“Instead of officers coming on to shift and finding four or five people, they’re finding 12 to 14. That’s massive not just in terms of visibility on the streets, but also in terms of demand on them.”
The under-spend is just one area of the force’s business processes that troubled Mr Hunter when he came into office. He also found little overall understanding of the business side of policing which was hampering its progress.
“I accept that not everyone has an interest or a strength in business, but if you don’t have it you need to recognise it as a weakness and recognise those who do know about it otherwise your business is not going to be as effective as it could be.”
Mr Hunter has taken a risk-based approach to the force’s finances, allowing him to feed in some of the force’s reserves over five years, alongside efficiency savings of £13m for the same period. This will ensure the recruitment of the additional officers is deliverable and sustainable. However, public services operate in a politically volatile environment and the plan will be reconfigured to honour two unfunded (by the Government) pay rises, adding a £1m cost pressure.
In addition to his reserve strategy, Mr Hunter credits an ‘outcome-based’ planning approach for helping to turn the force around.
“The issue is that many outcome-based approaches are actually only really focused on outputs. This can lead to unwanted by-products such as target-setting. But a genuine outcome-based approach involves a planning process, a performance process and a change in culture all working together.”
It also means having a senior leadership team that is willing and able to take that plan forward. Mr Hunter says the appointment of Chief Constable Lee Freeman in June 2017 was key as he was ‘very open to developing this approach’.
He adds: “My role is merely to set the parameters and to oversee that journey. Others have played an equally significant role, if not more so. The Chief Constable has shown exemplary leadership and ours is a supportive relationship where we’re able to discuss issues freely and openly.”
HMICFRS’ 2015 assessment of the force was about as damning as it gets, and Mr Hunter’s other aim was to ‘get out of the spotlight’ of the HMICFRS so the force to could move on.
“We needed to demonstrate an iron grip on operational performance. That gets you from a poor to a good, but you can’t achieve an outstanding just by trying hard. You have to do things differently. There has to be ownership and innovation. That is what we are now trying to embed in the force.”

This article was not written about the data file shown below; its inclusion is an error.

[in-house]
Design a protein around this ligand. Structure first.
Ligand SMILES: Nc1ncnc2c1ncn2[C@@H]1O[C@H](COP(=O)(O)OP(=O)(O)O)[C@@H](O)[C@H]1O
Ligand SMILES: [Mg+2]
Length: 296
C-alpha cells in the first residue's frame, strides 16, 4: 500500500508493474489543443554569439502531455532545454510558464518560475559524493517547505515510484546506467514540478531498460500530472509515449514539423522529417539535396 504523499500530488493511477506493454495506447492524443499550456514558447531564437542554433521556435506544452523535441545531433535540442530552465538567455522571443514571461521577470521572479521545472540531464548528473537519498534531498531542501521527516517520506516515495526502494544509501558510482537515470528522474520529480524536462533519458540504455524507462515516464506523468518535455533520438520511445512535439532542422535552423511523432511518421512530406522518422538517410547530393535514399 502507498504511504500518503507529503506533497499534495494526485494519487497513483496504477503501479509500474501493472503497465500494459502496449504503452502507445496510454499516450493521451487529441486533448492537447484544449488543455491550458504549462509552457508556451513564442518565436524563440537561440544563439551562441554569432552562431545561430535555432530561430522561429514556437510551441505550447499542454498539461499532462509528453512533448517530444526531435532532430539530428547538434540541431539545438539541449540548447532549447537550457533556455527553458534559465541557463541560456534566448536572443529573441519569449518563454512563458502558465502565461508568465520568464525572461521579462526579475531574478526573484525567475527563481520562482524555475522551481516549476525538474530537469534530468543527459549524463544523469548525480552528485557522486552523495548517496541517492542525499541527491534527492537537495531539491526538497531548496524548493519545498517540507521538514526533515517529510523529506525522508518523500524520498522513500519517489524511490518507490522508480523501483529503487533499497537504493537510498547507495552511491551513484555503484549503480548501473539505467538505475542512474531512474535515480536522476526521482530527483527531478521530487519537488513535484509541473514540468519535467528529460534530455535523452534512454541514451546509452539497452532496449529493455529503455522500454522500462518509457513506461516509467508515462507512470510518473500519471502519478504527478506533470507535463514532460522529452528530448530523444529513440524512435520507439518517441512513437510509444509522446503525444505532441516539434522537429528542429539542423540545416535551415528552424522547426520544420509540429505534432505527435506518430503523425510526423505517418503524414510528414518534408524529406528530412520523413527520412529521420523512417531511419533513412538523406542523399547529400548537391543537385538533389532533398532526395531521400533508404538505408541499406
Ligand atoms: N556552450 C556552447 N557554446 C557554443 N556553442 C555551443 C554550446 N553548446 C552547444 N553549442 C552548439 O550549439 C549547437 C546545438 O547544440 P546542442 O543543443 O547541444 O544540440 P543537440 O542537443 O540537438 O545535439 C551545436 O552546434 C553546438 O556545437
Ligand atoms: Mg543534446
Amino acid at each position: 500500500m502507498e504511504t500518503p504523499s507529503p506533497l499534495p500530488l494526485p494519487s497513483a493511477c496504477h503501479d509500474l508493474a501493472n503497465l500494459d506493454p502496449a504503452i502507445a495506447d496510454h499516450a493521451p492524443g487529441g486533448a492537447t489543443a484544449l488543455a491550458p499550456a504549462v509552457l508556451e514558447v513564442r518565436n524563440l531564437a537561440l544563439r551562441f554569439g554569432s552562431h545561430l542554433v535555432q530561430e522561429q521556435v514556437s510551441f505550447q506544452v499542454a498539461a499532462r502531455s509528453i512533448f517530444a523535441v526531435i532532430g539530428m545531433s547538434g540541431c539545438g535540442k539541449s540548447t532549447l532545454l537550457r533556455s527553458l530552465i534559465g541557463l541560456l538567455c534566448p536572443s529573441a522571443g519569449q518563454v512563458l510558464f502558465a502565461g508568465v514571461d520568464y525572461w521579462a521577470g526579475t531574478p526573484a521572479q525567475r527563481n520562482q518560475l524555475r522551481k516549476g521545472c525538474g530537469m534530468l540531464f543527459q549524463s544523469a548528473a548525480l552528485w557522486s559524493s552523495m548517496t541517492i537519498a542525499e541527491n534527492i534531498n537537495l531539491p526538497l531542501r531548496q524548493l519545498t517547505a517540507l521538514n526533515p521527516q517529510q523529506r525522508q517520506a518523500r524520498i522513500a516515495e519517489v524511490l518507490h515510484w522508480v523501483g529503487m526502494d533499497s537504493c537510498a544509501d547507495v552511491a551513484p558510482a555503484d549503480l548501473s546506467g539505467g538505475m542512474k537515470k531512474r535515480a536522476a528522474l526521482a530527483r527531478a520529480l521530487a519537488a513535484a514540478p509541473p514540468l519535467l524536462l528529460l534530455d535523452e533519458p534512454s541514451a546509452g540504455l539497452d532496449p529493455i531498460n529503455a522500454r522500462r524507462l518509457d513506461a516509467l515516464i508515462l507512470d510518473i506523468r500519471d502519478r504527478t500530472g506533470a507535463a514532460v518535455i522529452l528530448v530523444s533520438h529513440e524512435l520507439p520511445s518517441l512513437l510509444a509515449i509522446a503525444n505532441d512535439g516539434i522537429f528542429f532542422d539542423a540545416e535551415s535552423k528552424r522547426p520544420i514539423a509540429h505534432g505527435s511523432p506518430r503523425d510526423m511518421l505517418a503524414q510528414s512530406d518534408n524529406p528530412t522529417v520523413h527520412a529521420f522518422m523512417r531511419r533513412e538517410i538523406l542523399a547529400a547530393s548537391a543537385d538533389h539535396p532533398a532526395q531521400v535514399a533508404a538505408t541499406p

“We are examining what that looks like in terms of training, attitudinal changes, cultural changes and performance. Those are the conversations we are having now.”
Despite the turnaround the force has undergone in the last three years, Mr Hunter remains frustrated at the lack of external recognition of the force’s achievements.
He finds there is little interest at council meetings beyond whether they ‘have a PCSO in their ward’, but also local news reporting has failed to acknowledge the progress the force has made which Mr Hunter believes is a conscious editorial decision. He also believes the media’s ‘bad spin on whatever happens’ approach has wider implications for policing.
“There is a problem with the media shaping the stories. It undermines what we are trying to do in terms of building public confidence, but I am also concerned that it is contributing to a legitimacy gap that is opening up in policing. That is an issue.”
An important aspect of Mr Hunter’s outcome-based approach is that it is long-term, yet time is not on the side of elected politicians and 2020 will see another round of PCC elections. Mr Hunter has announced his intention to stand again. Much has been achieved, but whether it is enough for the public to re-elect him remains to be seen.
Policing Insight is published by CoPaCC, an independent organisation established shortly after the first Police and Crime Commissioner (PCC) elections in November 2012 to monitor policing governance in England and Wales. It provides a platform for stakeholders in policing and criminal justice to share knowledge, insight and opinion. Visit www.PolicingInsight.com
Posted on Wednesday 18th December 2019